Amazing Spider-Man #680 Review

Amazing Spider-Man #680 Review 3
Out in the Ring Review – Fantasia 2022
Amazing Spider-Man #680
Art By: Giuseppe Camuncoli, Klaus Janson and Frank D’Armata
Cover Art By: Giuseppe Camuncoli, Klaus Janson and Frank D’Armata
CGM Editors Choice

Amazing Spider-Man has been so exceptionally solid and consistent during Dan Slott’s tenure as sole writer that I’m starting to run out of ways to say that this book is an absolute gem each time I review it.  Last issue’s “Point One” issue wasn’t the strongest issue of Slott’s tenure, but this issue, co-written with Chris Yost (just like last issue) is a much stronger effort, as a sub-plot from far earlier in Slott’s run is revisited, and Spider-Man and the Human Torch go on a road rescue mission into space.  With “Ends of the Earth”, the next big Spider-Man crossover looming in the horizon, this issue feels like a great set-up to that arc, as we revisit Dr. Octopus, his octo-bots, not to mention John Jameson and his current mission in space.

This issue truly is a classic Amazing Spider-Man story because of how it deftly balances moments of suspense and action with solid characterization, some comedic elements, and character and plot progression.  John Jameson hasn’t been in this book since the storyline which saw Marla Jameson killed by a Spider-Slayer, as he’s been off-planet conducting experiments on a Horizon Labs project, so his appearance here is a nice touch, as is his attempt at bonding and connecting with his father, J. Jonah Jameson.  I really liked Jonah’s portrayal in this issue, as well as how Peter described Jameson’s personality, plus I’m extremely intrigued by the potential ramifications of Jameson’s displeasure with Horizon at being a seeming beacon for bad news and negative consequences, not just for his family but for his beloved city.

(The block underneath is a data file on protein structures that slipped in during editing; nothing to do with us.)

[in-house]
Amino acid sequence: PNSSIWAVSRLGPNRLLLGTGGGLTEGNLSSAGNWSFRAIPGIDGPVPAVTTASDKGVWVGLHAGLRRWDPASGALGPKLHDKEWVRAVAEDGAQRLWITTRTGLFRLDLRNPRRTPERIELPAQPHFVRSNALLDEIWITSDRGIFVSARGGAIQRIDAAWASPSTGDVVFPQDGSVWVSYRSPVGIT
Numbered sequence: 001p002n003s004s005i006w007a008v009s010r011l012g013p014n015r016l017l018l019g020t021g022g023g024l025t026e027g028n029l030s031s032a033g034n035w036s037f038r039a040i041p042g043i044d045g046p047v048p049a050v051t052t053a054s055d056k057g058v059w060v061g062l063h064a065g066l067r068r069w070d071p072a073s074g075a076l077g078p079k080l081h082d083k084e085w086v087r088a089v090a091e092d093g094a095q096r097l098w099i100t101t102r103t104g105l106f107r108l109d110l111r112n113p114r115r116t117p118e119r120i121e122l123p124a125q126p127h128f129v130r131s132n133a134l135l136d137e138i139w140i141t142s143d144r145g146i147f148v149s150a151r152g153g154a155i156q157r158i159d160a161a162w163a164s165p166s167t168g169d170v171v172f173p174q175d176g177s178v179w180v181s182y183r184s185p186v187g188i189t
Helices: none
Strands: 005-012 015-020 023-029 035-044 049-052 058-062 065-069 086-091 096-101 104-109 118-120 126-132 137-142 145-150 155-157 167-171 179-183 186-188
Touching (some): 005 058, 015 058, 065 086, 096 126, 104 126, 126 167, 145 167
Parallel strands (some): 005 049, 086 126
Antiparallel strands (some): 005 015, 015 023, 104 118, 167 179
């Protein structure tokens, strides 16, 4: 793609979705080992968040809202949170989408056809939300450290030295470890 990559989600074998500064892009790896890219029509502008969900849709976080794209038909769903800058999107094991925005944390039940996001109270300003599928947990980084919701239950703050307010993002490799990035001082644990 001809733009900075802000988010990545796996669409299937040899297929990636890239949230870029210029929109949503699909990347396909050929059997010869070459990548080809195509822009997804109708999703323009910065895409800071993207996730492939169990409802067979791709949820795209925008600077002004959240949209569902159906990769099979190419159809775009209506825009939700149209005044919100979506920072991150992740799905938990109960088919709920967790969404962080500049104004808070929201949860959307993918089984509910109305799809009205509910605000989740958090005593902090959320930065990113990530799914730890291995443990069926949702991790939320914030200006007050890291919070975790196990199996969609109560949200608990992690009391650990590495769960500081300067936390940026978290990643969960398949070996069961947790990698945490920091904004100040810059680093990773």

Not everything works in this issue, it’s not flawless, especially with Human Torch singing along to Rebecca Black’s “Friday”.  In all honesty problem with that  is more with how it dates the issue than Human Torch singing it in the first place.  Peter’s sudden disappearance from Horizon is really weak here, and I hope that Slott makes a point of revisiting it and having it mean serious consequences for Peter.  Not that I want anything to jeopardize Parker’s career there, but it just stood out to me as a big unresolved point, that he would just disappeare in the middle of a serious, potentially life-or-death situation.

Peter and Johnny’s rapport is quite well written, although a tad more exposition on just what happened to him while he was “dead” wouldn’t have been totally uncalled for.  His attitude aboard the space station was pitch-perfect, seamlessly oscillating between serious and blowhard braggart.  I’m a big fan of stories set either deep below the surface of the ocean or up in space, because there’s an added element of suspense in the story based on the characters’ surroundings.  Slott / Yost bring the cramped nature of the story out in the script.

The artwork this issue is handled by Camuncoli, with inks by the brilliant Klaus Janson.   Janson has a great inking style and he really brings Camuncoli’s artwork to life here, preserving Camuncoli’s stylistic touches while at the same time ensuring that this issue maintains the current visual aesthetic of this title.

This is a very solid issue, with great characterization and plot progression as we get closer to Ends of the Earth.  I love when Spider-Man and Human Torch team-up together, and this issue was no exception.  Highly Recommended!

Final Thoughts


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